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Baron de Jomini, Summary of the Art of War, or a New Analytical Compend of the Principle Combinations of Strategy, of Grand Tactics and of Military Policy. (ed. Major O. F. Winship , Assistant Adjutant General , U. S. A., Lieut. E. E. McLean , 1st Infantry, U. S. A.) 12 0 Browse Search
William Schouler, A history of Massachusetts in the Civil War: Volume 2 6 0 Browse Search
Fitzhugh Lee, General Lee 5 1 Browse Search
George Bancroft, History of the United States from the Discovery of the American Continent, Vol. 3, 15th edition. 4 0 Browse Search
Raphael Semmes, Memoirs of Service Afloat During the War Between the States 4 0 Browse Search
Lucius R. Paige, History of Cambridge, Massachusetts, 1630-1877, with a genealogical register 4 0 Browse Search
H. Wager Halleck , A. M. , Lieut. of Engineers, U. S. Army ., Elements of Military Art and Science; or, Course of Instruction in Strategy, Fortification, Tactis of Battles &c., Embracing the Duties of Staff, Infantry, Cavalry, Artillery and Engineers. Adapted to the Use of Volunteers and Militia. 4 0 Browse Search
George Bancroft, History of the United States from the Discovery of the American Continent, Vol. 6, 10th edition. 2 0 Browse Search
The Daily Dispatch: December 29, 1860., [Electronic resource] 2 0 Browse Search
The Daily Dispatch: August 14, 1861., [Electronic resource] 2 0 Browse Search
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Browsing named entities in H. Wager Halleck , A. M. , Lieut. of Engineers, U. S. Army ., Elements of Military Art and Science; or, Course of Instruction in Strategy, Fortification, Tactis of Battles &c., Embracing the Duties of Staff, Infantry, Cavalry, Artillery and Engineers. Adapted to the Use of Volunteers and Militia.. You can also browse the collection for Marlborough or search for Marlborough in all documents.

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H. Wager Halleck , A. M. , Lieut. of Engineers, U. S. Army ., Elements of Military Art and Science; or, Course of Instruction in Strategy, Fortification, Tactis of Battles &c., Embracing the Duties of Staff, Infantry, Cavalry, Artillery and Engineers. Adapted to the Use of Volunteers and Militia., Chapter 3: Fortifications.Their importance in the defence of States proved by numerous historical examples (search)
was closed by scenes of horror to which there is scarcely a parallel in history. This point might be still further illustrated by the Russian campaign of Charles XII., in 1708-9, the fatal advance of the French army on Lisbon, in the Peninsular war, and other examples of the same character. Even single works sometimes effect the object of lines of fortifications, and frustrate the operations of an entire army. Thus, Lille suspended for a whole year the operations of Prince Eugene and Marlborough; the siege of Landrecies gave Villars an opportunity of changing the fortunes of the war; Pavia, in 1525, lost France her monarch, the flower of her nobility, and her Italian conquests; Metz, in 1552, arrested the entire power of Charles V., and saved France from destruction; Prague, in 1757, brought the greatest warrior of his age to the brink of ruin; St. Jean d'acre, in 1799, stopped the successful career of Napoleon; Burgos, in 1812, saved the beaten army of Portugal, enabled them to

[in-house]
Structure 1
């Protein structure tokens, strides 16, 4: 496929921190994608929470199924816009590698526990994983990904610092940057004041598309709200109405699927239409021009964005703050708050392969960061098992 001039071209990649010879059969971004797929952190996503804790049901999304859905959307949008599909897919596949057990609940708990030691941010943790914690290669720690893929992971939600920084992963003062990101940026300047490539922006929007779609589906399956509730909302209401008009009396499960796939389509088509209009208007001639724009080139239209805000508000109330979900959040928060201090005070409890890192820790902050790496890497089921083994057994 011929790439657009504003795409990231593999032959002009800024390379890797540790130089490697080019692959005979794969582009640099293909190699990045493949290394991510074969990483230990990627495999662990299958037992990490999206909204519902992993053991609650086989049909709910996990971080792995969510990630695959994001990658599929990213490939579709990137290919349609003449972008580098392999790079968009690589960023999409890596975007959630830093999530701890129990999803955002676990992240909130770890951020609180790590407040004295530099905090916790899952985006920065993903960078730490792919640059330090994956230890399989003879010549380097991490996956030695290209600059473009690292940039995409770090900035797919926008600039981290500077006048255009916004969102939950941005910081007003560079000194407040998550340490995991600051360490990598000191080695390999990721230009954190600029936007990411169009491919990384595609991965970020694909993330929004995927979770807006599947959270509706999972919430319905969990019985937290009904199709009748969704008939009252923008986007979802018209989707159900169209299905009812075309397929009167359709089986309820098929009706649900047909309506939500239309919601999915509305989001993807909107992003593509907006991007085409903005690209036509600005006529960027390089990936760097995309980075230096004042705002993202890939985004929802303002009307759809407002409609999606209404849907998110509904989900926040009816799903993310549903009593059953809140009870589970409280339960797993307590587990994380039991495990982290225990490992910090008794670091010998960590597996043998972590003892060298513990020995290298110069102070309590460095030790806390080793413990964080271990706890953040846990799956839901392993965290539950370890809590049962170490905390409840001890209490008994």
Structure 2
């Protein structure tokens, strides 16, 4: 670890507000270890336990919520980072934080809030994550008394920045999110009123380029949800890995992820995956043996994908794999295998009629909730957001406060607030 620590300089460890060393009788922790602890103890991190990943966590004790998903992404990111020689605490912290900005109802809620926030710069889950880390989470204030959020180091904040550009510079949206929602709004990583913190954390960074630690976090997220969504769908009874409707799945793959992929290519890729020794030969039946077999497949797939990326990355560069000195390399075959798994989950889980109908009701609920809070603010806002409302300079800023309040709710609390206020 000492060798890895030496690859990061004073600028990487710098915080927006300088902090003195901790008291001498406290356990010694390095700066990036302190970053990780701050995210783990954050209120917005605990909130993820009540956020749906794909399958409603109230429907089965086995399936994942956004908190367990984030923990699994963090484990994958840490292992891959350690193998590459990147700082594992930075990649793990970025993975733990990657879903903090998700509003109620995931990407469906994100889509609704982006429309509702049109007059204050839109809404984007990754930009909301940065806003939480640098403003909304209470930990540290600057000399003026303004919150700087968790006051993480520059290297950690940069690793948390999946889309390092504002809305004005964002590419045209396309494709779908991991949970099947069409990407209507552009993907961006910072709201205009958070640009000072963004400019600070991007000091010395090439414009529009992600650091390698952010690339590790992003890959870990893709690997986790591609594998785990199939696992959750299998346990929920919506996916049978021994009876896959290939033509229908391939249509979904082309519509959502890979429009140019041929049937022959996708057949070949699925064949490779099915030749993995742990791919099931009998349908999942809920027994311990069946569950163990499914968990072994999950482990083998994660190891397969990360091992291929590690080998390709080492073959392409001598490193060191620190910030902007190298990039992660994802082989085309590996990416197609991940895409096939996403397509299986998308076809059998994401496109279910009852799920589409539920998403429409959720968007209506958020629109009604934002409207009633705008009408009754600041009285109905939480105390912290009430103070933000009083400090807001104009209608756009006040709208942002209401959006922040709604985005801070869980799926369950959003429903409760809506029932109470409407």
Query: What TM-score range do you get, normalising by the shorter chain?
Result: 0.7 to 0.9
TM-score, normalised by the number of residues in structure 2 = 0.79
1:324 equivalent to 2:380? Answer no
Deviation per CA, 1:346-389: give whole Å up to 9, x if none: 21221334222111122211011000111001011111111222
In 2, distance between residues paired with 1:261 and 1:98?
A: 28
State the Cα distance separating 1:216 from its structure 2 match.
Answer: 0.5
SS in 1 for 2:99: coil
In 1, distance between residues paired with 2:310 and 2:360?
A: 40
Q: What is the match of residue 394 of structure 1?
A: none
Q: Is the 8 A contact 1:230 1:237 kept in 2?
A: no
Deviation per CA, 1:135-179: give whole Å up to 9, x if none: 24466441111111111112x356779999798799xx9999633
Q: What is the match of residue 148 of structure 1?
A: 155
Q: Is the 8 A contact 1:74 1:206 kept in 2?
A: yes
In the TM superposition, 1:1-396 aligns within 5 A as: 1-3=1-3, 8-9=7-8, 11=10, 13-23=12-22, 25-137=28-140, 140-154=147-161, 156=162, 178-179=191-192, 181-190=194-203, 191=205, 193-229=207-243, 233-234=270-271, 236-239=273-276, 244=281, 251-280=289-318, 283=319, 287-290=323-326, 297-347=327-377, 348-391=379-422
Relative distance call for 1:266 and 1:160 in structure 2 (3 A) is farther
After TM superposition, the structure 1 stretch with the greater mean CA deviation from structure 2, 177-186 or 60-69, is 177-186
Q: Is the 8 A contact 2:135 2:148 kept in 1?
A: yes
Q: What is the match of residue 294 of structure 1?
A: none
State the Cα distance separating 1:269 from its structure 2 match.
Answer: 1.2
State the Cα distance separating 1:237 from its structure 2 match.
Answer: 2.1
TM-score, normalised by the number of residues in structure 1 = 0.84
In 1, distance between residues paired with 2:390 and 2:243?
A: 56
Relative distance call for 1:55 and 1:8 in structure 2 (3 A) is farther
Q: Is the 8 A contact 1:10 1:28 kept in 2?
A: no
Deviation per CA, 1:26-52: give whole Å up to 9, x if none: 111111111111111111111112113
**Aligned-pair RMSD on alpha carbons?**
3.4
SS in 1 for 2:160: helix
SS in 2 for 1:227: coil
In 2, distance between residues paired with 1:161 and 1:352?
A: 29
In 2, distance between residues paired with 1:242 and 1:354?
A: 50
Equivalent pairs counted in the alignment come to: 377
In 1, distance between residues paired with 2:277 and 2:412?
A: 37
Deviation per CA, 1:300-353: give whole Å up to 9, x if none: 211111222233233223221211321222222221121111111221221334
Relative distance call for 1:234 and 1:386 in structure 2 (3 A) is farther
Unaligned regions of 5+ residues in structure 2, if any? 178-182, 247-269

H. Wager Halleck , A. M. , Lieut. of Engineers, U. S. Army ., Elements of Military Art and Science; or, Course of Instruction in Strategy, Fortification, Tactis of Battles &c., Embracing the Duties of Staff, Infantry, Cavalry, Artillery and Engineers. Adapted to the Use of Volunteers and Militia., Chapter 12: army organization—Engineers.—Their history, duties, and organization,—with a brief discussion, showing their importance as a part of a modern army organization. (search)
erves, that exertion sauva l'armee But it is not always in the possession of a thing that we are most likely to appreciate its utility; the evils and inconveniences resulting from the want of it not unfrequently impress us most powerfully with its importance and the advantages to be derived from its possession. A few examples of this nature, drawn from military history, may be instructive. We need not go back to the disastrous passage of the Vistula by Charles XII., the failure of Marlborough to pass the Dyle, and Eugene to cross the Adda in 1705, nor of the three unsuccessful attempts of Charles of Lorraine to cross the Rhine in 1743. The wars following the French Revolution are sufficiently replete with useful instruction on this subject. Before recurring to these, it might be useful to give one example, as it is often referred to, in the campaign of 1702. It was deemed important for the success of the campaign to attack the Prince of Baden in his camp at Friedlingen.